In a 6-3 decision, the Supreme Court ruled on June 15 that Title VII of the Civil Rights Act of 1964  — which prohibits discrimination based on race, color, religion, national origin, and sex — also protects LGBT+ employees. 

The decision stemmed from three different cases in which gay and trans employees sued their respective employers for dismissing them because of their sexual or gender identities. It ultimately fell on the Supreme Court to determine that Title VII’s language includes coverage for LGBT+ employees.

Although several states and local municipalities have already enacted laws to protect the LGBT+ community from workplace discrimination, the Supreme Court’s decision amplifies such laws to a nationwide level. Employees who encounter discrimination based on their sexual orientations or gender identities will now have a stronger case against their employers.

Why Title VII applies to LGBT+ employees 

Under Title VII, it’s “unlawful . . . for an employer to fail or refuse to hire or to discharge any individual, or otherwise to discriminate against any individual . . . because of such individual’s race, color, religion, sex, or national origin.” (Source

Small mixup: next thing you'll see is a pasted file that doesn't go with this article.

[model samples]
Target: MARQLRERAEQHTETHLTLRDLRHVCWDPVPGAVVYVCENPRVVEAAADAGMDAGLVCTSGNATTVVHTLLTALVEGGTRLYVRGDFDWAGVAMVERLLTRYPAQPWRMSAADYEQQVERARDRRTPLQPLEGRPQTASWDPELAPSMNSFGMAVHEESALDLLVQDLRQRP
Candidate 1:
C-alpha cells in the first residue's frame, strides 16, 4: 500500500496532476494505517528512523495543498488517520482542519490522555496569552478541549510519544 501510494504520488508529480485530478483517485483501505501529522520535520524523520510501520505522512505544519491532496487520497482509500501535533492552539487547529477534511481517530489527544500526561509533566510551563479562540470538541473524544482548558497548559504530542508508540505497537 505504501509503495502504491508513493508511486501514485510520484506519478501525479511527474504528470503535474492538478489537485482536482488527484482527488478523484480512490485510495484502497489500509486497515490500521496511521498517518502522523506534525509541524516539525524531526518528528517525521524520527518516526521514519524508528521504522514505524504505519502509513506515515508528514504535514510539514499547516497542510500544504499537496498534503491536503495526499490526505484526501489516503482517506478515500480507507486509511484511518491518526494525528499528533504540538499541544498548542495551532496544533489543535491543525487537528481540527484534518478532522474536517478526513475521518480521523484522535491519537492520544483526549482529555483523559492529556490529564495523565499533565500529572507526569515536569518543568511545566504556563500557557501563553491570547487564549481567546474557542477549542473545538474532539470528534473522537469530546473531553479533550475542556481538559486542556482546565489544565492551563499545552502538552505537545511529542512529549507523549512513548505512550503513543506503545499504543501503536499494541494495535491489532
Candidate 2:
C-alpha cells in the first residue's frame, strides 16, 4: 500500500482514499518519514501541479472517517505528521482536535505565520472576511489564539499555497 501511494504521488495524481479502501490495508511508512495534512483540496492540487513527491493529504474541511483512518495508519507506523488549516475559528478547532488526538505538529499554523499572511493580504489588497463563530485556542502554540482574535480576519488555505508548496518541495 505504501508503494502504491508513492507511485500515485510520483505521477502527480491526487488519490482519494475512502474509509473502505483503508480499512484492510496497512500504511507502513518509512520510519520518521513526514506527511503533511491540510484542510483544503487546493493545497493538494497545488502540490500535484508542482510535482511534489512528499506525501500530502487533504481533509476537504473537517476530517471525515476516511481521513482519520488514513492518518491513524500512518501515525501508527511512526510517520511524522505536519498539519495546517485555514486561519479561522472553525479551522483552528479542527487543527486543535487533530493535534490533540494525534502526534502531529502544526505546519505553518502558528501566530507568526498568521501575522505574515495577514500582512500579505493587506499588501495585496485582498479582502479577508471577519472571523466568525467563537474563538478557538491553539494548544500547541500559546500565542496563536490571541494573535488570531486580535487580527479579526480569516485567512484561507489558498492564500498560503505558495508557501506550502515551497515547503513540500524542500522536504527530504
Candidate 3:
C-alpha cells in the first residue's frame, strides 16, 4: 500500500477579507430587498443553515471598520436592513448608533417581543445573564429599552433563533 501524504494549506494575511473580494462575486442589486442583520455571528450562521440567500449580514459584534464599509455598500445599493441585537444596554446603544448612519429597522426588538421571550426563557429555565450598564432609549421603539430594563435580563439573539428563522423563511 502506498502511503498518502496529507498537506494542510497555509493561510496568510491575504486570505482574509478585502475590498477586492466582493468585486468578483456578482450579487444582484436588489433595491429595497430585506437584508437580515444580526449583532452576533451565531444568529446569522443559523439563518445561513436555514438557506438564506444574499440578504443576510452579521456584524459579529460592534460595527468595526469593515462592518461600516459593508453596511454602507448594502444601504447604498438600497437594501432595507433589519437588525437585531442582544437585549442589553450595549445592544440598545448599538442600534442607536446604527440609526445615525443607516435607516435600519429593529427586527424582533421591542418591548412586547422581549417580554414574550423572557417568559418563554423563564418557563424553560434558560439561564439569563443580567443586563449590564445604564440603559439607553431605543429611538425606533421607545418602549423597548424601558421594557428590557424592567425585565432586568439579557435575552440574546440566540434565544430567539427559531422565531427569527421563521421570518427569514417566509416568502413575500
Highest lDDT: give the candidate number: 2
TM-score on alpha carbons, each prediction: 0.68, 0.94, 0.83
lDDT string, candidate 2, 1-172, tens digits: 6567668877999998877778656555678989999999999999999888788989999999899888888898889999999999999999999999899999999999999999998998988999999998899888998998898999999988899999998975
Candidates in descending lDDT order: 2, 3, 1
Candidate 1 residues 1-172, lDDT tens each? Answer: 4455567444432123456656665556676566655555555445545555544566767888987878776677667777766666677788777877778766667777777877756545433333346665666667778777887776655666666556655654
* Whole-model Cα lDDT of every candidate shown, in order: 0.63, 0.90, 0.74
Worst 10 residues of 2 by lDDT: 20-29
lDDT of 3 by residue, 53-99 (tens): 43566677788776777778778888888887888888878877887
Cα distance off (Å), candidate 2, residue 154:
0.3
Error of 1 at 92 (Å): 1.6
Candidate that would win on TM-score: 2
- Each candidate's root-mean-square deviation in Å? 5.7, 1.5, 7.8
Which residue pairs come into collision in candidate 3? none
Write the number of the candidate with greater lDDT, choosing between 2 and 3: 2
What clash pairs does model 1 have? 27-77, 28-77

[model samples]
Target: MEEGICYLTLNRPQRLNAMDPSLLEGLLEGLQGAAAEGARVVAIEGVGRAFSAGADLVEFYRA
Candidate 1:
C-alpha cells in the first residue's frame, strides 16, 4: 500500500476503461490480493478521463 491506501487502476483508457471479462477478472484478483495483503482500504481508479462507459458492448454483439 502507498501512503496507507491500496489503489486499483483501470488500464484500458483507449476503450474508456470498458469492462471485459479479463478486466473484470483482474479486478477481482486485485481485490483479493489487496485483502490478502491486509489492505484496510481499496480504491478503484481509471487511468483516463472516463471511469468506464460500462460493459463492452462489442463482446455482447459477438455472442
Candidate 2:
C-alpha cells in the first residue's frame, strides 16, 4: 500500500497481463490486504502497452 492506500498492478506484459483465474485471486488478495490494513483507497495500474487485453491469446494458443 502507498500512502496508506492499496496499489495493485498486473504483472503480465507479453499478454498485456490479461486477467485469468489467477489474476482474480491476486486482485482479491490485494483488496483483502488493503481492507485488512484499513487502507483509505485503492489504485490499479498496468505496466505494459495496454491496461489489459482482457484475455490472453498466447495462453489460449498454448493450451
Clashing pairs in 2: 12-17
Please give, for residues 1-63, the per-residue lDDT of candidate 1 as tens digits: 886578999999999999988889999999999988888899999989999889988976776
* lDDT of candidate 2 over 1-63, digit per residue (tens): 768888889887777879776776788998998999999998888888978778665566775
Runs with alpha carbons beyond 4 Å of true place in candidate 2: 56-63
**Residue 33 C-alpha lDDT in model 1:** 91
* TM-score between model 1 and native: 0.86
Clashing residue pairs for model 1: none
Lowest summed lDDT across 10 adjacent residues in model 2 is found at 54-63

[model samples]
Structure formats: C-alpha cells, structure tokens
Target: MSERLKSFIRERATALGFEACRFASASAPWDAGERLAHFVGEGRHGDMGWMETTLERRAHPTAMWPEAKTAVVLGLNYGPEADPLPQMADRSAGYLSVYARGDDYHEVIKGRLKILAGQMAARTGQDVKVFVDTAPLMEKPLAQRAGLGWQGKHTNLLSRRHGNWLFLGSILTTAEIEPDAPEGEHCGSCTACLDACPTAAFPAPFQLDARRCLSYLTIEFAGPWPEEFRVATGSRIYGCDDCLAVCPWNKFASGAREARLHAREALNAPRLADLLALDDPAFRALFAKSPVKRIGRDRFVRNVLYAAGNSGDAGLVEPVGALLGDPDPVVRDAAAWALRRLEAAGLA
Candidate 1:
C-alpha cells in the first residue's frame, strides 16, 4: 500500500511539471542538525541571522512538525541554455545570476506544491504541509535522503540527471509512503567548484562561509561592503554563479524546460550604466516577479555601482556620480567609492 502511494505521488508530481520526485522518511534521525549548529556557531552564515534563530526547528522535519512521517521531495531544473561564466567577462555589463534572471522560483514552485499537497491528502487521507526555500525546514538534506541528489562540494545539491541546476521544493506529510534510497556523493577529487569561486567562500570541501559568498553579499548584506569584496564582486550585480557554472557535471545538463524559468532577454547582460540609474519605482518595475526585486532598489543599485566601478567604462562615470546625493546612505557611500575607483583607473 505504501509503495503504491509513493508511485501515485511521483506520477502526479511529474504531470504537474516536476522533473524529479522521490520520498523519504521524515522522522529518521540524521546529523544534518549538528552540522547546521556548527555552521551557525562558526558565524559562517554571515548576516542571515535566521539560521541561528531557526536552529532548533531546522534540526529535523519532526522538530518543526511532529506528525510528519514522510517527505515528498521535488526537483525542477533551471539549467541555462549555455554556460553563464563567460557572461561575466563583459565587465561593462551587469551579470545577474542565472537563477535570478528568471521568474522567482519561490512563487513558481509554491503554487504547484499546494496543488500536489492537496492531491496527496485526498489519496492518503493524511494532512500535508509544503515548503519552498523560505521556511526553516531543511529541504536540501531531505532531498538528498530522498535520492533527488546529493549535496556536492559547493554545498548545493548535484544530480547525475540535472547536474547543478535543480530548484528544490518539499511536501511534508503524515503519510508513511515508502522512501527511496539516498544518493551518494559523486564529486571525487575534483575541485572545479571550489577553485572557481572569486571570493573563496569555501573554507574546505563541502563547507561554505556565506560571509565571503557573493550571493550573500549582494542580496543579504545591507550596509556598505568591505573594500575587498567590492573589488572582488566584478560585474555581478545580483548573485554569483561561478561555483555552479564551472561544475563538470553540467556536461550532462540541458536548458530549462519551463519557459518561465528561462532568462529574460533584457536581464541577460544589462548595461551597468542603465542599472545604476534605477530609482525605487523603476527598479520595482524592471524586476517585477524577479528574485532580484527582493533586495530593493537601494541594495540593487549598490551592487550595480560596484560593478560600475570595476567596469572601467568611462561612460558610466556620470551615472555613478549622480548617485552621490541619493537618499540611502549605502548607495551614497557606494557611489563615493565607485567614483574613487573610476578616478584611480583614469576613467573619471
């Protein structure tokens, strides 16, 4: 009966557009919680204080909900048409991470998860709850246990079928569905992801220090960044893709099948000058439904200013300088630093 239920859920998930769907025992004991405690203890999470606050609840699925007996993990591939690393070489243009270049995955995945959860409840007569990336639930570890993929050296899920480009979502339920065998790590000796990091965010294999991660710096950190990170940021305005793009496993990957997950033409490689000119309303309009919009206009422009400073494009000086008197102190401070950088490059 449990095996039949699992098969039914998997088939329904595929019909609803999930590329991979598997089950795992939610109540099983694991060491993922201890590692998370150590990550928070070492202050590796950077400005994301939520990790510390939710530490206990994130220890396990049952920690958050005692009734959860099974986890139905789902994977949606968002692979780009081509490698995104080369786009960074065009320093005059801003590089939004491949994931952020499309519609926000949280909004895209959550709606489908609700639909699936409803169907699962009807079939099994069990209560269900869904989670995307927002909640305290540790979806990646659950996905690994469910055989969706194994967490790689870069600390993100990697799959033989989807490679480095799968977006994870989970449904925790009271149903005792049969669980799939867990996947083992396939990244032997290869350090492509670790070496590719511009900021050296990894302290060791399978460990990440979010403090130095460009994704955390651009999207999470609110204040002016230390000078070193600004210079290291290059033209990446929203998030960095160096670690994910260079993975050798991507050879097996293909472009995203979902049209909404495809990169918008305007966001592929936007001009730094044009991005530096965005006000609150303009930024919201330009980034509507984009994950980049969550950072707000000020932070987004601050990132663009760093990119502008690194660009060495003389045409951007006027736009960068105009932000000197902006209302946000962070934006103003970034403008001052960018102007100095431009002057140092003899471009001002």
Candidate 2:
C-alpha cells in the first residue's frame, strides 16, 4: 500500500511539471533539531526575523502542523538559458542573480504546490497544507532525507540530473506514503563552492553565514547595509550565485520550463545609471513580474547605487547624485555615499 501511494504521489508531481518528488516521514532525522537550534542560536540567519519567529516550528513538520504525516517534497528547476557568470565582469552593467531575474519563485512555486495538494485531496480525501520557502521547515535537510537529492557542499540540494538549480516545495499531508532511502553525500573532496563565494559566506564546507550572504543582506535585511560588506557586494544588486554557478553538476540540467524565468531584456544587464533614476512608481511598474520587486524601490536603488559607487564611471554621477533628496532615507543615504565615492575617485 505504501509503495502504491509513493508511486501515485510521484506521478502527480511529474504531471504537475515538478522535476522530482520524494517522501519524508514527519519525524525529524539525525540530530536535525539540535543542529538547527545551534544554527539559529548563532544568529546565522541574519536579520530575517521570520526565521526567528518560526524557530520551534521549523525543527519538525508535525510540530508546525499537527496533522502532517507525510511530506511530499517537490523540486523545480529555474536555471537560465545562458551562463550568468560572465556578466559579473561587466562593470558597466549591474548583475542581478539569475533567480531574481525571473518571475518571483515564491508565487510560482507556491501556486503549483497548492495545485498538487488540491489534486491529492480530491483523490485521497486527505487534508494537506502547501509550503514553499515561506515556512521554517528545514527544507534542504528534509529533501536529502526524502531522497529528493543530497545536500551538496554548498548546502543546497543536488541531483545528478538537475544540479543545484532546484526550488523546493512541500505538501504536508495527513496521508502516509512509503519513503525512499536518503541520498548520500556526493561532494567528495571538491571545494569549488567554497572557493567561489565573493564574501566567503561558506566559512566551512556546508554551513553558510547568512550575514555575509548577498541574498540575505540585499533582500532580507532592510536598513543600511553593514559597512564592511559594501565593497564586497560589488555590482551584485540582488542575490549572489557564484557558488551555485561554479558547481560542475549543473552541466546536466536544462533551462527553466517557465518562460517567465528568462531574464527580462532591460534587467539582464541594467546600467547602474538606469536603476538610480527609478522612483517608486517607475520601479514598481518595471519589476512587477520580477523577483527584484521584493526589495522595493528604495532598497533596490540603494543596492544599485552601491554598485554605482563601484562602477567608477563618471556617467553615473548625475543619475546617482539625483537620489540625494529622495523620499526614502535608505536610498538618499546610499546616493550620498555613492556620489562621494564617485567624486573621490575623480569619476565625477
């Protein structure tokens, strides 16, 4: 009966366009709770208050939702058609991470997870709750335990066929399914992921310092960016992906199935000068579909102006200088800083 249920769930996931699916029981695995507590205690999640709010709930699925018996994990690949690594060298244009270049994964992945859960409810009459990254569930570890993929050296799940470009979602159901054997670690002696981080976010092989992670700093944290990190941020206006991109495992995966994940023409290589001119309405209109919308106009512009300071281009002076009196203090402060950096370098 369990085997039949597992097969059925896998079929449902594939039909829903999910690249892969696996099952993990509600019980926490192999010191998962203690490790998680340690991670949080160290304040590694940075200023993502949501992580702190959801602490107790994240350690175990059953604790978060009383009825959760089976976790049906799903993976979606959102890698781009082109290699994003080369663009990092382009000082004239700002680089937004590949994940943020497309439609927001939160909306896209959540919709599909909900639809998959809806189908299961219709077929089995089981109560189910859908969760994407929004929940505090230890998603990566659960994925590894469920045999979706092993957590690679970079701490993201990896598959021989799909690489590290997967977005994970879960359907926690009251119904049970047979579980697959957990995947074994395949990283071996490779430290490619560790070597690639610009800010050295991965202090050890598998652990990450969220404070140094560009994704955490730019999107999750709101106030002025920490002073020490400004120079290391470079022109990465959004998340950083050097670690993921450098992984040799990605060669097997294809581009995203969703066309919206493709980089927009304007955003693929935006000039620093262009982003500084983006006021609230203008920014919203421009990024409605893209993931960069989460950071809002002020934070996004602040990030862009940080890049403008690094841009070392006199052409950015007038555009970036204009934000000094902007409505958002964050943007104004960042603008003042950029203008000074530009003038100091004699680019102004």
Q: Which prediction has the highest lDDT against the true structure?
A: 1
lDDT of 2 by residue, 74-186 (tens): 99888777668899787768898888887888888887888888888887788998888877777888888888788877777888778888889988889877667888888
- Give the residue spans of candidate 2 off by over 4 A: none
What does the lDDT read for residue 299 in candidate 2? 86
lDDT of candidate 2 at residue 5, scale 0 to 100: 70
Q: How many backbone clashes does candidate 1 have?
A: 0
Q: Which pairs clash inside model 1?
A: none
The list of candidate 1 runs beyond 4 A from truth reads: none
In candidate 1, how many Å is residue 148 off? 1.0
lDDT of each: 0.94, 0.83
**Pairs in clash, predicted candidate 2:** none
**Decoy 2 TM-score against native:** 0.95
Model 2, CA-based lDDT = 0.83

The Court determined that, even though the original drafters of the law may not have considered LGBT+ employees and the challenges they would face, discrimination against such employees qualifies as sex discrimination. “Because discrimination on the basis of homosexuality or transgender status requires an employer to intentionally treat individual employees differently because of their sex,” the syllabus of the ruling states, “an employer who intentionally penalizes an employee for being homosexual or transgender also violates Title VII.” (Source

What this means for employers

Discrimination against LGBT+ employees violates Title VII law. Employers are not permitted to use the sexual orientations or gender identities of their prospective or existing employees as a basis for their hiring and firing decisions. 

The ruling only pertains to employment decisions, however, not other issues such as segregating bathrooms and locker rooms. 

The decision may also cause some friction with laws protecting religious freedoms, but it wouldn’t be the first time that the Civil Rights Act of 1964 has intersected with religious liberties (e.g. 1993 Religious Freedom Restoration Act). The Court acknowledged that future cases may bring up important discussions about this intersection. 

The Supreme Court’s verdict marks a historic victory for the LGBT+ community, one that should cultivate greater diversity in the workplace.